Co-Chair Dominic LeBlanc, Minister of Fisheries, Oceans and the Canadian Coast Guard, Canada

Árni Mathiesen, Assistant Director-General, Food and Agriculture Organization of the UN

Milton Haughton, Caribbean Regional Fisheries Mechanism (CRFM)

Nishan Degnarain, Chair, Global Agenda Council on Oceans, World Economic Forum

John Silk, Minister of Foreign Affairs, Marshall Islands

Highlights for Tuesday, 6 June 2017

On Tuesday, plenary continued the general debate. Member States outlined commitments on increasing marine protected area coverage, reducing or banning plastic bags and microplastics, enhancing integrated coastal management, and improving pollution control, among others.

In the morning, a partnership dialogue addressed managing, protecting, conserving and restoring marine and coastal ecosystems. Participants highlighted the important role of marine and coastal ecosystems and marine protected areas in terms of the entire sustainable development agenda, further noting the need for community empowerment, stakeholder involvement, science-based and coherent policies, and partnerships.

In the afternoon, a partnership dialogue addressed minimizing and addressing ocean acidification, stressing the importance of the Paris Agreement on climate change to mitigate ocean acidification, sharing local adaptation strategies, and underscoring the role of marine protected areas for ecosystem restoration and resilience.

IISD Reporting Services, through its Earth Negotiations Bulletin (ENB) Meeting Coverage, is providing daily reports, daily web coverage and a summary and analysis report in English and French from the Ocean Conference.

Visit the web coverage for Tuesday, 6 June 2017

HSH Prince Albert II, Monaco

Vice President Vincent Meriton, Seychelles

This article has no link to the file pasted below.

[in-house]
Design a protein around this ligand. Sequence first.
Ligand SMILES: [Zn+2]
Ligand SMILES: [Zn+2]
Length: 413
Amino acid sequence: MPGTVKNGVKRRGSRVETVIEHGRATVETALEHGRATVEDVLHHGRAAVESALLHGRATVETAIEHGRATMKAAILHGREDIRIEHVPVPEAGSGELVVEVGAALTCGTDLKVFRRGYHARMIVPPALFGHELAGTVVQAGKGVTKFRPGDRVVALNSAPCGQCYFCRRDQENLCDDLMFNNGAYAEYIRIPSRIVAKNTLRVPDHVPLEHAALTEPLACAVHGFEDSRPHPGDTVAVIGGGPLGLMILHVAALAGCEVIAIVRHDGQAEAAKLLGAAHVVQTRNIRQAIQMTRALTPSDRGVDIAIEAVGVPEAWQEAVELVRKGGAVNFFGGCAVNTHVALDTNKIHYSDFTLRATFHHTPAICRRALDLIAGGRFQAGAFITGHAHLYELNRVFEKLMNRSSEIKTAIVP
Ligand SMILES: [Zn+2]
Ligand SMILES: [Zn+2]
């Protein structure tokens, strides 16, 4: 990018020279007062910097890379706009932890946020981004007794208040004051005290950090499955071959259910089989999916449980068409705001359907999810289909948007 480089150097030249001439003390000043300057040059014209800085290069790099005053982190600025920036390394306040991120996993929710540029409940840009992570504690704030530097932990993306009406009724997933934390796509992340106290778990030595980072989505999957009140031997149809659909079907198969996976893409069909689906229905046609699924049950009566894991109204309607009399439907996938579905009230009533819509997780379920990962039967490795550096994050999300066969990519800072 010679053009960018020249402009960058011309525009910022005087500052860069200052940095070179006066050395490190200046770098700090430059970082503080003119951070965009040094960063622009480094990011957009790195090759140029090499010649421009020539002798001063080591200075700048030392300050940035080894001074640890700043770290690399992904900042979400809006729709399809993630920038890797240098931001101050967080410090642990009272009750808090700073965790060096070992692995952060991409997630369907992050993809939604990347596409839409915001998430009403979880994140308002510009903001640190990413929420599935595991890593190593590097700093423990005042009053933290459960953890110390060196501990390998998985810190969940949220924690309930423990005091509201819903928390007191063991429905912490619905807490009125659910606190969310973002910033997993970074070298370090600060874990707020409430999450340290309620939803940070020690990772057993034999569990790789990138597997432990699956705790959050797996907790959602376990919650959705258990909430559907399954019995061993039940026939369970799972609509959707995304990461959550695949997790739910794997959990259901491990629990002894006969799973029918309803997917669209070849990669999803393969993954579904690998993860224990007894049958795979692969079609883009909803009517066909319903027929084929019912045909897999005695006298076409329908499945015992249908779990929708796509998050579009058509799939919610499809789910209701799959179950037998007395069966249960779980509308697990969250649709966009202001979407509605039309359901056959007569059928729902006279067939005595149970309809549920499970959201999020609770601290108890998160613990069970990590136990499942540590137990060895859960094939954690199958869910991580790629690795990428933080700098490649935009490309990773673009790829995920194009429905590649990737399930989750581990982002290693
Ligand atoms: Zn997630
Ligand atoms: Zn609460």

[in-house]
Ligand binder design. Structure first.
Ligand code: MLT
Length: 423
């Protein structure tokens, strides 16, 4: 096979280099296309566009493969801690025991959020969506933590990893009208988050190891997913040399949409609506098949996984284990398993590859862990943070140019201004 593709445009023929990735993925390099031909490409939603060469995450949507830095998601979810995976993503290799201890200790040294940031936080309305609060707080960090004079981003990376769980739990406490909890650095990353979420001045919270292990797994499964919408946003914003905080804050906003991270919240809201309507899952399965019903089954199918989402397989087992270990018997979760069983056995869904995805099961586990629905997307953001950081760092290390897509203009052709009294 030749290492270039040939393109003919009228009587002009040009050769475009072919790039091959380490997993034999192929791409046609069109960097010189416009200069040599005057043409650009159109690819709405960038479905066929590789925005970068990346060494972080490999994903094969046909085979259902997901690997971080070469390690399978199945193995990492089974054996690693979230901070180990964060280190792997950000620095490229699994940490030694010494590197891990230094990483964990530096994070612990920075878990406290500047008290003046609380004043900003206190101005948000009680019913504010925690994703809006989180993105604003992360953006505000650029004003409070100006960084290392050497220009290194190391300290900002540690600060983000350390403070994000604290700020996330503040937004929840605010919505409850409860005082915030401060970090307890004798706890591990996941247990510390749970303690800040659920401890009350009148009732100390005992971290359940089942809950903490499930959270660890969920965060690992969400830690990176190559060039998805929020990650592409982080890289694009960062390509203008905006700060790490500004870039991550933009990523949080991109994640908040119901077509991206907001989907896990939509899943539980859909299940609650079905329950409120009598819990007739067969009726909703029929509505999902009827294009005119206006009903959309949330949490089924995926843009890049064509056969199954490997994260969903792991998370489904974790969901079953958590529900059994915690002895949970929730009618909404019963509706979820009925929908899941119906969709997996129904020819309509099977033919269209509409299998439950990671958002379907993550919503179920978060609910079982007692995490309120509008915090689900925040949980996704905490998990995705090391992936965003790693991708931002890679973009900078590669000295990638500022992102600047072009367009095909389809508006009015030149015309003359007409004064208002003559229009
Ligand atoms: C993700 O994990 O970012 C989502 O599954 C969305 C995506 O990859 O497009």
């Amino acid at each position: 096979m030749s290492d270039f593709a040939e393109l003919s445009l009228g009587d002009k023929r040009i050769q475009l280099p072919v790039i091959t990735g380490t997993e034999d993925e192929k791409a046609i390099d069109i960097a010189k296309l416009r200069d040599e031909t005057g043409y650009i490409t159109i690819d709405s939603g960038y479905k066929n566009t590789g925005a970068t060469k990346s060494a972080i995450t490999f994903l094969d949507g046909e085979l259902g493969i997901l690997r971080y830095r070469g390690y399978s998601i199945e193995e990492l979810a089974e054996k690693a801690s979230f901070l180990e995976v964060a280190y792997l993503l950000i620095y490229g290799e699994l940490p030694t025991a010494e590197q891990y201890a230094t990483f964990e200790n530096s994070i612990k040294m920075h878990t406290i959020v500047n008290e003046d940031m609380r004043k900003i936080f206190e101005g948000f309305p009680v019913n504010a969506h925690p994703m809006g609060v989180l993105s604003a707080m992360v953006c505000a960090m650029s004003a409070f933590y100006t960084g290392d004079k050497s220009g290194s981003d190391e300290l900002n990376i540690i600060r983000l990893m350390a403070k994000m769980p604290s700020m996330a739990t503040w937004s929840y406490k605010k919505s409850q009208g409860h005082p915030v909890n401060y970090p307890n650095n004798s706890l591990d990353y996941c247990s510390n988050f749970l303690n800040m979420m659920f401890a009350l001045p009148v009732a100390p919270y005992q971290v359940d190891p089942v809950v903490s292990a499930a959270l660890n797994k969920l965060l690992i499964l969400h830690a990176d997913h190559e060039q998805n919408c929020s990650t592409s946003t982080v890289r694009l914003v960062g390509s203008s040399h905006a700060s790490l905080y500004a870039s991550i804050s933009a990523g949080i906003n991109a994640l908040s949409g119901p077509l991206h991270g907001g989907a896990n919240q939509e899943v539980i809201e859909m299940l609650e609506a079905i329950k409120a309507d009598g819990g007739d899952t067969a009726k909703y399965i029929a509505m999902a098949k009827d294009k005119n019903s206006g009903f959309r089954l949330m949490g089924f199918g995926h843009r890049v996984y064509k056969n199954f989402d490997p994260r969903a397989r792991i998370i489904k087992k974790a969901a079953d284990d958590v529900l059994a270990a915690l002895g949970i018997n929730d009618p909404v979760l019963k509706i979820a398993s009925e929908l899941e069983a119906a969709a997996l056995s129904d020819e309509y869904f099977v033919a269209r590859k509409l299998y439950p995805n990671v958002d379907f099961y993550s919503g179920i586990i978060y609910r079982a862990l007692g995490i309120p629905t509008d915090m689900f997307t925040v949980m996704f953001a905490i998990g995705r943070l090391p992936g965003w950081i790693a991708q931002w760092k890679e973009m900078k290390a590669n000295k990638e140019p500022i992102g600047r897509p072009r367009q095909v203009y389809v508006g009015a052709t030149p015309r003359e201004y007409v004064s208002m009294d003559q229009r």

Tuilaepa Sailele Malielegaoi, Prime Minister and Minister for Foreign Affairs and Trade, Samoa

Didier Reynders, Minister of Foreign Affairs, Belgium

Luhut Binsar Panjaitan, Coordinating Minister for Maritime Affairs, Indonesia

Luis Felipe Arauz Cavallini, Minister of Agriculture and Livestock, Costa Rica

HHS Prince Albert II, Monaco and Cardinal Turkson, Holy See

Petteri Taalas, Secretary-General, WMO, with Cardinal Turkson, Holy See

Cardinal Turkson, Holy See

Rahanna Juman, Institute of Marine Affairs, Trinidad and Tobago

Jonathan Taylor, Vice-President, European Investment Bank

David Osborn, International Atomic Energy Agency (IAEA)

Carol Turley, Plymouth Marine Laboratory, UK

Prime Minister Enele Sosene Sopoaga, Tuvalu

Björt Ólafsdóttir, Minister for the Environment and Natural Resources, Iceland

Highlights for Monday, 5 June 2017

The Ocean Conference opened on Monday, 5 June 2017. Plenary addressed organizational matters and heard statements from high-level Member State representatives and UN officials. In the afternoon, a partnership dialogue focused on addressing marine pollution.

Plenary elected Josaia Voreqe (Frank) Bainimarama, Prime Minister of Fiji, and Isabella Lövin, Minister for International Development Cooperation and Climate and Deputy Prime Minister of Sweden, as Conference Co-Presidents.

Recalling the borderless nature of the ocean, Co-President Isabella Lövin expressed hope for the conference to be the “game changer” the ocean needs. Co-President Frank Bainimarama highlighted the threats of climate change and ocean litter, noting that greedy nations and commercial interests threaten livelihoods in small island developing states.